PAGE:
So we have lost the door to our head. Poor Turnagain is getting pretty beat up on this trip and I can’t help but feel for Travis as he tries to manage all of us and our “intricacies”. I have been dreading having to use the head to do my “morning business” as we now have no door and have to announce to the entire boat whenever we need to go. Walking in on someone is just a permanent thing at this point. Wren has been a door for me a few times, but I don’t dare ask her to plug her nose and hang out for 30 min while I negotiate my business. Thankfully, someone has donated a towel and we now have a “door”. Geoff is lucky enough to be tall enough to look over it, which works well when Wren is asking him what he’d like on his sandwich (HAHAHAHAH … awkward!).
The amount of garbage that we have been seeing is really disheartening. I was hoping that the Great Pacific garbage patch was just fake news, but I have counted at least 10 pieces of garbage a day. Everything from car tires, to barrels, and even waffles (!?). The predominant type of garbage appears to be large abandoned commercial fishing gear. We have seen a couple of sea turtles along the way and they did not appear to be in distress. It’s no wonder these poor creatures get caught up in stuff if there’s this much junk floating around. Makes me angry and I wonder if there is more that I can do.
It is hard to describe what it is like to sail at night in complete darkness. If you have not experienced it, you have to. The total darkness is unbelievable. One night while on watch we saw a bright red light in the distance… tanker! Joe rushed to get Travis… only to have us realize it was the moonrise 😉 tee hee. Your mind plays tricks on you in the night!
I easily count 20 shooting stars a night. On some nights, however, we have no stars at all and the total darkness can make you a little uneasy. You have to trust that you are not going to hit anything. Not only that, every once in a while you hear a wave coming and you have to react to it as it hits the boat. Even better, the phosphorescence light up the waves as they crest about 20 feet above us! Yee haw!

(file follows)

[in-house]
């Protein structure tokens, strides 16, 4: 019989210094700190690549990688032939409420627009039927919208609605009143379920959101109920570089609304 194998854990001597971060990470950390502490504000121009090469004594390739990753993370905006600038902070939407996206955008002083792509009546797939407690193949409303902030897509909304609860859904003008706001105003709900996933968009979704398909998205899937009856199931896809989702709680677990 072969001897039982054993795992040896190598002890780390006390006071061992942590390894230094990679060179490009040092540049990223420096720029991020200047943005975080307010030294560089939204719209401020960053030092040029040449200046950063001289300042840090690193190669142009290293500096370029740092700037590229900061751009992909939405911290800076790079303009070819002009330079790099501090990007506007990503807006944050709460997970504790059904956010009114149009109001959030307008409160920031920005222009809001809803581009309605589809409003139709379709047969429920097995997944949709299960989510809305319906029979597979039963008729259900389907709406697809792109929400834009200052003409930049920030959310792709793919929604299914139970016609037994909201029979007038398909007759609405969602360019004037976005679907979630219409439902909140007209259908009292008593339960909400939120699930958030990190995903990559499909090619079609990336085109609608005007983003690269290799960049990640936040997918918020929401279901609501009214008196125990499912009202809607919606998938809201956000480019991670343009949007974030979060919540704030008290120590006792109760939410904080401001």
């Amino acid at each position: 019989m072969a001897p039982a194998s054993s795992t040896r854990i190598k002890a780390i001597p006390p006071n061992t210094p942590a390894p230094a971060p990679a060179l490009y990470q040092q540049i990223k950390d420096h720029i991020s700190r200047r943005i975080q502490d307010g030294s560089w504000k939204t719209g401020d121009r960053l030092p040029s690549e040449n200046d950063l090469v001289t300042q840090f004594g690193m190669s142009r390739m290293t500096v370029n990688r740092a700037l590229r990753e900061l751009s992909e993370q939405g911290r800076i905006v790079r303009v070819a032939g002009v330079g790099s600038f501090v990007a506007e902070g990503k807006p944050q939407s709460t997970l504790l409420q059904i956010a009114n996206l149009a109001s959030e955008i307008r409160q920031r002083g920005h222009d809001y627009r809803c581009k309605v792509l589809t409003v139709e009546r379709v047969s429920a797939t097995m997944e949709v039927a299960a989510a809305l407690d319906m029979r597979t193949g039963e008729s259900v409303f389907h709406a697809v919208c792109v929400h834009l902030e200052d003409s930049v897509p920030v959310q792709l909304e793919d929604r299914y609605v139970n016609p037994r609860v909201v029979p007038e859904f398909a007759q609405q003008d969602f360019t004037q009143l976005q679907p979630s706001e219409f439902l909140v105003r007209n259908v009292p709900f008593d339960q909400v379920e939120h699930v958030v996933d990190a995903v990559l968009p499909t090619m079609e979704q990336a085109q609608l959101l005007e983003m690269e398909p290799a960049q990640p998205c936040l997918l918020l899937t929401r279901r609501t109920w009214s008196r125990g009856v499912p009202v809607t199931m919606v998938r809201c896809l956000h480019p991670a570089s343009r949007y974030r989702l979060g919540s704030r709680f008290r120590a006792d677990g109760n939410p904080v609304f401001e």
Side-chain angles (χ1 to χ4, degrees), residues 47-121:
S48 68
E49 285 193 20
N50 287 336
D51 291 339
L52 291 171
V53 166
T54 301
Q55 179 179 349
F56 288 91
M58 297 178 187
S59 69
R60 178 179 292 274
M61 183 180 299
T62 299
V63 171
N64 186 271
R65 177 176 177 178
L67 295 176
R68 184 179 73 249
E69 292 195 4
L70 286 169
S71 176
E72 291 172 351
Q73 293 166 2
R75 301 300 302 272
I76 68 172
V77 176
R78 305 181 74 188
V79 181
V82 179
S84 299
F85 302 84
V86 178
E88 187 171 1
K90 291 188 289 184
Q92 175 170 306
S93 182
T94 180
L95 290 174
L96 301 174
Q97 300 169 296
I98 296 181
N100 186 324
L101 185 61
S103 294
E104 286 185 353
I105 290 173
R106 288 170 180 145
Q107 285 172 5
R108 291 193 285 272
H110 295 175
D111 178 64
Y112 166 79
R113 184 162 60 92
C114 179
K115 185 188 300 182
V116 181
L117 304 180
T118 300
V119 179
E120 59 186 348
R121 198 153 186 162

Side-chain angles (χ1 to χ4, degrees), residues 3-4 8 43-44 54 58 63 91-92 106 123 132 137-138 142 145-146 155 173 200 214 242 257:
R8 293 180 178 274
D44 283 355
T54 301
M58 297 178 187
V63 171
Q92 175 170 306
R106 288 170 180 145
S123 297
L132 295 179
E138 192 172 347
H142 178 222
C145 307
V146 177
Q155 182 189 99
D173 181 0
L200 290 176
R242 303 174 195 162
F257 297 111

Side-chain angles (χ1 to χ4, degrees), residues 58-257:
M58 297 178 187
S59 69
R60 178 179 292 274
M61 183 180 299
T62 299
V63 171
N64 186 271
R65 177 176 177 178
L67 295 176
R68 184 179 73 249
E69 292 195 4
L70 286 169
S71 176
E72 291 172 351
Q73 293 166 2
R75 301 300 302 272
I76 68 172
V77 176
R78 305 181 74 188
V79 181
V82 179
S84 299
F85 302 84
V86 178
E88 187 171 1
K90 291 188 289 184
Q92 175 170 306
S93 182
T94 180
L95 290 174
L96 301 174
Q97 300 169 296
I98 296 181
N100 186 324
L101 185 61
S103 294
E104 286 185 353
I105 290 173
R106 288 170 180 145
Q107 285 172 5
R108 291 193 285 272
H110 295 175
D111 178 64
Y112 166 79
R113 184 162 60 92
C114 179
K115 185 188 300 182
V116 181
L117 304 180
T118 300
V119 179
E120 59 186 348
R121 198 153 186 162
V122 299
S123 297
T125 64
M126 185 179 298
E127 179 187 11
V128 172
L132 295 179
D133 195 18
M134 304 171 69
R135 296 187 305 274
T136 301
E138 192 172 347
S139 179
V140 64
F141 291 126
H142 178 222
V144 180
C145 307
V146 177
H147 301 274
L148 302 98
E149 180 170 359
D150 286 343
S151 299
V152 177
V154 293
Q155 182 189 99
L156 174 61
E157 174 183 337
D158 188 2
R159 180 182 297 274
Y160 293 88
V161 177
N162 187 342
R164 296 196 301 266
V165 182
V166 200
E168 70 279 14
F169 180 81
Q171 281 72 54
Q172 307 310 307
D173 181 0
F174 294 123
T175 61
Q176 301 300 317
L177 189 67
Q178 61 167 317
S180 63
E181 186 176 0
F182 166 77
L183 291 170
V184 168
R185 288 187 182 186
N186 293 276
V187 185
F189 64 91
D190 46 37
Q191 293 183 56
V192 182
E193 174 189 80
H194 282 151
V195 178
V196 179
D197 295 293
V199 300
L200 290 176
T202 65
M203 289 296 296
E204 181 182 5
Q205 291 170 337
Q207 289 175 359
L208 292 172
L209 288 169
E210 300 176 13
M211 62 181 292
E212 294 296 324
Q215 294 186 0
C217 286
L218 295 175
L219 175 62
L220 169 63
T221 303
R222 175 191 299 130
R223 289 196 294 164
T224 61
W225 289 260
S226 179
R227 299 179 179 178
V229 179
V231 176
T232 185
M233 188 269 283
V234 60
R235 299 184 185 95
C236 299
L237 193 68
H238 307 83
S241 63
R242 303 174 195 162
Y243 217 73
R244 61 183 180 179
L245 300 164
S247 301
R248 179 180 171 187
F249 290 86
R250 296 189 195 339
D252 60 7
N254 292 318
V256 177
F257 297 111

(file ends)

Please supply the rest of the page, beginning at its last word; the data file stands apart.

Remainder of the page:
Joe has been thoroughly confused as to how we are not sailing in circles. I don’t blame him. It is very confusing to feel a boat moving and sailing along under you and to not see where you are going. Meanwhile, you are staring at the red glowing compass the whole time. This is where I met Cheshire.
The glowing compass started reminding me of the glowing cat teeth in Alice in Wonderland… hence, Cheshire the Compass was born. Wren and I used to joke about how we only know how to steer by compass, not GPS. Well, thanks to the water maker we had a lot of time staring at Cheshire! We also had to use our headlamps on the night setting… something not all of us mastered (ahem Geoff).
We have managed to snag something on the rudder so Travis is using a release technique I have never seen before called the drive-the-shit-out-of-the-boat method. Man, Turnagain’s engine can GO. It worked well for removing the debris… not so well for our naps!
We had a great afternoon shift today and Wren spotted something funny off the starboard beam. Waves that seamed to be spraying straight up. Wait a minute! Whales! We did not get close enough to really see them, but we were able to see the spouts for several minutes. Was very cool knowing they were out there.
Tomorrow is my birthday and it has become clearly abundant that we are NOT making it home for that (something I was secretly hoping as I thought it would be SO COOL to have a birthday on the Ocean!). Just as I was settling in with my book Wren jumps up and shouts “dolphins!” Up to the bow we go to watch them play…
To be continued…
Up Next: Ocean Adventures: Sneaky Simon
Photo Credits: Duncan Cameron and Author’s Own